One has to look very closely to exactly understand what processes take place on the surfaces of catalysts. Solid catalysts are often finely structured materials made of tiny crystals. There are various microscopies to monitor chemical processes on such surfaces — they use, for example, ultraviolet light, X-rays or electrons. But no single method alone provides a complete picture.
This is why research teams from TU Wien and the Fritz Haber Institute in Berlin have developed a novel approach that allows to have “triple eyes” on a catalytic reaction — using three different surface microscopies. This way, they were able to show that during the catalytic conversion of hydrogen and oxygen to water, reaction fronts on the crystal surface not only form remarkable geometric patterns, but also a new mechanism of the propagation of these fronts was discovered. Especially for climate-relevant technologies such as ecologically clean hydrogen-based energy production, a comprehensive understanding of such processes is crucial.
Different measurements in a single instrument
“Many scientific questions can only be answered by combining different microscopy methods on the same sample, which is called correlative microscopy,” says Prof. Günther Rupprechter from the Institute of Materials Chemistry at TU Wien. “However, this usually comes with limitations.” You have to remove a sample from one instrument and perform the same experiment again in another microscope. Often, for methodological reasons, the experimental conditions are then completely different — some measurements take place in a vacuum, others in air. Often temperatures are different. In addition, you may not be looking at the same spot on the sample with different instruments — this can also influence the results. Thus, it is difficult to combine the results of different measurements in a reliable way.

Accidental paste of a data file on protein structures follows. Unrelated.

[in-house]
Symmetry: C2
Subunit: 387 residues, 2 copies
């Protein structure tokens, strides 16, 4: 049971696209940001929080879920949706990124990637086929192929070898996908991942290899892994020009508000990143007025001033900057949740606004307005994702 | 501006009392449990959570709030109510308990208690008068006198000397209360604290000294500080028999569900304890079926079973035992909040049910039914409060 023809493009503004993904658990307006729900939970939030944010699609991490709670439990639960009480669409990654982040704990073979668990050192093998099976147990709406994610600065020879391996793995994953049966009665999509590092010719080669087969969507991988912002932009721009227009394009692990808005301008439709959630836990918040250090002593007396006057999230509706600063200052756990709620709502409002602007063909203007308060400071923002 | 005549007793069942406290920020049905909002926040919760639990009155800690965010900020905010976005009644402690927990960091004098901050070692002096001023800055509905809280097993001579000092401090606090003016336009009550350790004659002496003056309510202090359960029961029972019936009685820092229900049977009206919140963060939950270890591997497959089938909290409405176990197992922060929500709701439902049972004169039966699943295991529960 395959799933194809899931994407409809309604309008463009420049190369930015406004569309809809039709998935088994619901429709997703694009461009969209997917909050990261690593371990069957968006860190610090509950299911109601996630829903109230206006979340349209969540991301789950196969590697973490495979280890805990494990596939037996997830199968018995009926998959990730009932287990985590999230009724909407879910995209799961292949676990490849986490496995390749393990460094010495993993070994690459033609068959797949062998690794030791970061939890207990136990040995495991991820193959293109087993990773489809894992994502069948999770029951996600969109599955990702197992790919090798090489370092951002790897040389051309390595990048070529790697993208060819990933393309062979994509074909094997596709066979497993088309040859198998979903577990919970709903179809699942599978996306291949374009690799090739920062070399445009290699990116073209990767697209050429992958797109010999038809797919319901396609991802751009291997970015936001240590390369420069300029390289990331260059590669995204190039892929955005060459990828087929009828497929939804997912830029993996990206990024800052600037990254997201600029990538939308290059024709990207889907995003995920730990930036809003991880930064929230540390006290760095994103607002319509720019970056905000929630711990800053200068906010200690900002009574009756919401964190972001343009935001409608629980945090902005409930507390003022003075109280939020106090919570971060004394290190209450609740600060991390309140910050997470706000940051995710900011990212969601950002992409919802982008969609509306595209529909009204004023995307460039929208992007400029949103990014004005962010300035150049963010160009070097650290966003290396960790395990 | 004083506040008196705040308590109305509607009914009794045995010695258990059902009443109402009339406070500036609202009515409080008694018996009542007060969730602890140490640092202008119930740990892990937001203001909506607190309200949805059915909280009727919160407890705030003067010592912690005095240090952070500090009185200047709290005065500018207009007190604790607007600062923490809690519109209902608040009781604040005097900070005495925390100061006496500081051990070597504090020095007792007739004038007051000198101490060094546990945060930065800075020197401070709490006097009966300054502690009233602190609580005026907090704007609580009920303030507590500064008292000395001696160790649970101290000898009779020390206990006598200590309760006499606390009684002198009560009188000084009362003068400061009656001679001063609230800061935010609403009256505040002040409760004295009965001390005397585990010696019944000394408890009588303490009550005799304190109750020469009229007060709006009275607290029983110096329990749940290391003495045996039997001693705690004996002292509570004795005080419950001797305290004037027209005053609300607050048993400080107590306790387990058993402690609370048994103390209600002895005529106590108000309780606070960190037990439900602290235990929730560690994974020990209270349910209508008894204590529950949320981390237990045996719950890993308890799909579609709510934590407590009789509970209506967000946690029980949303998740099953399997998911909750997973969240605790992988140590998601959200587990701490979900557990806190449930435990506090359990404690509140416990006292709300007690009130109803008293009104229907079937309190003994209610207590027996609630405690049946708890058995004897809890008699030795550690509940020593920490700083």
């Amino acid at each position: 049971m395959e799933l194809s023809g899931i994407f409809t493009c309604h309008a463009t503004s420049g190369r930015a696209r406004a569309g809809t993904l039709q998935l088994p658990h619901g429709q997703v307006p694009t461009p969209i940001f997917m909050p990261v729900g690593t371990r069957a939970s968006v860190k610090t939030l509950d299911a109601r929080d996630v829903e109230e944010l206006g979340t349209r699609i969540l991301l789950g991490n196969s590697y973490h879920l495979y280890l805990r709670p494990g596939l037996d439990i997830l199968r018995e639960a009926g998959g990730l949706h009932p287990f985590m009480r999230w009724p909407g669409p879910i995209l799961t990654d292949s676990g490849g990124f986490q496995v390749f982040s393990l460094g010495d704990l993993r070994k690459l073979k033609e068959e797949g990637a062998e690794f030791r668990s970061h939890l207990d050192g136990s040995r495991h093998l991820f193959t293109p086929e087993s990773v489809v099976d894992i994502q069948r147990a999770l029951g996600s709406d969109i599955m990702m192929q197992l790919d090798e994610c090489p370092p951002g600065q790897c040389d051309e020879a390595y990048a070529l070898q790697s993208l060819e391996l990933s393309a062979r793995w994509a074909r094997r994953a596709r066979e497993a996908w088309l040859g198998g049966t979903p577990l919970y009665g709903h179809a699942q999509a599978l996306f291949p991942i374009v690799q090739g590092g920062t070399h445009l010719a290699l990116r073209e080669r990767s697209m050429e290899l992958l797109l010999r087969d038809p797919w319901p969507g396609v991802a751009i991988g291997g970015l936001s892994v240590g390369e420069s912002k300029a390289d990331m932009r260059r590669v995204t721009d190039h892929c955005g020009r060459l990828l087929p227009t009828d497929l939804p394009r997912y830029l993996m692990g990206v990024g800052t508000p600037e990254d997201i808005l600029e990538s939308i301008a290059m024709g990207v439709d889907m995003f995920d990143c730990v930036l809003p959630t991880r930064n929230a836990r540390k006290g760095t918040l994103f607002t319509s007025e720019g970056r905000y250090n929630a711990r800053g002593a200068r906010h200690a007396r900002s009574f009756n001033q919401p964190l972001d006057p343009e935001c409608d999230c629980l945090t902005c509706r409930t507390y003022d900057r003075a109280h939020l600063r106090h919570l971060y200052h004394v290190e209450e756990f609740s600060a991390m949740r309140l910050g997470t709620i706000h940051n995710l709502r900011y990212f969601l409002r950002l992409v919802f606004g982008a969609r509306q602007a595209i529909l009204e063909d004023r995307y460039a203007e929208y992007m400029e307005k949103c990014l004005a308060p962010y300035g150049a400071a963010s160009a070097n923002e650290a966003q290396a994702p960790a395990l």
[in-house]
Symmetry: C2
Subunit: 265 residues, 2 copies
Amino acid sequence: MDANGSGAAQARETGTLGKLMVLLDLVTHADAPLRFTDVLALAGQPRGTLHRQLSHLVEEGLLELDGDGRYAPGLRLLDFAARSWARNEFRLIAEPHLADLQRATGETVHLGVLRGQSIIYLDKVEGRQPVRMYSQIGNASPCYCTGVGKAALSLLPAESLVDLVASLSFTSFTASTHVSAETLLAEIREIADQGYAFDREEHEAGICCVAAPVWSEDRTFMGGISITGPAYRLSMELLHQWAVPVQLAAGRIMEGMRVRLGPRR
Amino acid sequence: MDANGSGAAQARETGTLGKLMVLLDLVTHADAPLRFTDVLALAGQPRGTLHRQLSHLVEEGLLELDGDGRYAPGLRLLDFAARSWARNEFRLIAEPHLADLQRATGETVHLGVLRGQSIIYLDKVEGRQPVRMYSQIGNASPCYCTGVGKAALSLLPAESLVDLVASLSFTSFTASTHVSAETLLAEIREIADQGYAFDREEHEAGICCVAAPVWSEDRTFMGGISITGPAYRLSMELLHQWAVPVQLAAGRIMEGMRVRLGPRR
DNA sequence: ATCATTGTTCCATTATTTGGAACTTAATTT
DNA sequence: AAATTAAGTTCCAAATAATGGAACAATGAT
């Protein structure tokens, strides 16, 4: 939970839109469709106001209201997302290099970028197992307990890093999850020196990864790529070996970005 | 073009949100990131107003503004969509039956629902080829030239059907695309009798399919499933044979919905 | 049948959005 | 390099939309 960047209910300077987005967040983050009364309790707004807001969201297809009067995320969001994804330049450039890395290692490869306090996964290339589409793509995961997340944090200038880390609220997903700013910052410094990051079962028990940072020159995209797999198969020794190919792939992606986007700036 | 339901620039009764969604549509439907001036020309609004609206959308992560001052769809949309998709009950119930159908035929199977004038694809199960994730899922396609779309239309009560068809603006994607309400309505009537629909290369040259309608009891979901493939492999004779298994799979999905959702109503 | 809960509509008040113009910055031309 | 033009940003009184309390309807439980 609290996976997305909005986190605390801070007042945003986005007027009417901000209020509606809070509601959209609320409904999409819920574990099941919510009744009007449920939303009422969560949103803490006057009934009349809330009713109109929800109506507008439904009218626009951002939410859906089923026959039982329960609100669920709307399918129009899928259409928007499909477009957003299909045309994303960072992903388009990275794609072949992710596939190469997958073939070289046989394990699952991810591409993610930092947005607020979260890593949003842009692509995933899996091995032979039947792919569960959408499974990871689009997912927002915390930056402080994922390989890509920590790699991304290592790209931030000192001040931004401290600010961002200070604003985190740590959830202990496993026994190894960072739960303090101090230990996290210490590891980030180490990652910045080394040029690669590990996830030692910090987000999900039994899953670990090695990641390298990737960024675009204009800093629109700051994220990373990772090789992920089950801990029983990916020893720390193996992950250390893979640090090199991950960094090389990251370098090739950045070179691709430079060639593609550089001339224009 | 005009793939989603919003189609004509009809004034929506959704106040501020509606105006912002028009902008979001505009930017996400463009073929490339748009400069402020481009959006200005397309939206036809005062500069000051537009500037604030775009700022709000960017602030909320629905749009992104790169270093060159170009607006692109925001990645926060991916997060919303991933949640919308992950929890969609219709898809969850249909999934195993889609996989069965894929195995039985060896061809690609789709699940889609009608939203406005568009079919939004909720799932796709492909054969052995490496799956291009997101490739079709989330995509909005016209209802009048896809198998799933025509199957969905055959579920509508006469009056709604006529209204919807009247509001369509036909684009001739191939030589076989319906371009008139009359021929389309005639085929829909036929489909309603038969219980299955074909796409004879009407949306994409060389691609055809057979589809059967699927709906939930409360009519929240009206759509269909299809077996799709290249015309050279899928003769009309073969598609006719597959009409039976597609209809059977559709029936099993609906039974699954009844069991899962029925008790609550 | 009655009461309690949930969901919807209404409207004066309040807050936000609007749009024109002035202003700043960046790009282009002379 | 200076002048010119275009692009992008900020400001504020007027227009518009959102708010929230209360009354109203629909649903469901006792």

Ultraviolet, X-rays and electrons
Now, however, it has been possible to combine three different microscopies in a way that the same spot on the same sample was examined under the same environmental conditions. Three different electron microscopies were used: two different variants of photoemission electron microscopy (PEEM), namely UV-PEEM and X-PEEM, and low energy electron microscopy (LEEM).
In UV-PEEM and X-PEEM, the sample surface is illuminated with ultraviolet light and X-rays, respectively. In both cases, it results in electrons being emitted from the surface. Similar to how light beams are focused in an optical microscope, the electron beams form a real-time image of the surface and of the processes taking place there. In an X-PEEM, one can additionally filter the emitted electrons according to their energies and thereby determine the chemical composition of the sample surface. Access to the necessary high-energy, high-intensity X-rays was provided to the research team by the Berlin synchrotron (HZB BESSY II). In the LEEM technique, the surface is irradiated with an electron beam. The electrons that are backscattered from the surface create the real time image of the sample surface and of the ongoing processes, such as a catalytic reaction.
Since all three microscopies use different imaging mechanisms, this allowed to study different aspects of catalytic hydrogen oxidation on a structurally identical site of the sample , says Prof. Yuri Suchorski, who has been involved in surface microscopy since 1974. “In addition, the X-PEEM technique provides chemical contrast and therefore allows us to correlate the pattern formation on the surface with the chemical composition of the surface and the reactants present on the surface, hence the term correlative microscopy.”
Watching how hydrogen oxidizes to water
Thus, it became possible to study the oxidation of hydrogen on structurally well-defined microscopic regions of a rhodium foil (structure determination by researchers at USTEM of TU Wien) in a versatile way and in real time.
The reaction spreads over the surface like a wave, revealing a new kind of pattern formation that had never been encountered before. “In front of the spreading reaction front, new small islands of catalytically active areas form, accelerating the propagation of the reaction,” says Prof. Rupprechter. In computer simulations that provide virtual reaction microscopy, the team was able to model and explain the formation of these islands.
Through the correlative approach, it was now possible to effectively use the specific strength of each of the respective microscopy methods (spatial and energy resolution, field of view, magnification down to the nanometer range), and thus to image an ongoing catalytic reaction in unprecedented detail.
The oxidation of hydrogen to water by solid catalysts is one of the significant processes that enable energy generation without combustion and without pollution (the exhaust gas consists of pure water), e.g., in fuel cells. For future developments of new green energy production technologies, it will be important to watch ongoing catalytic reactions at work with several eyes in order to deeply understand fine details of the catalytic processes.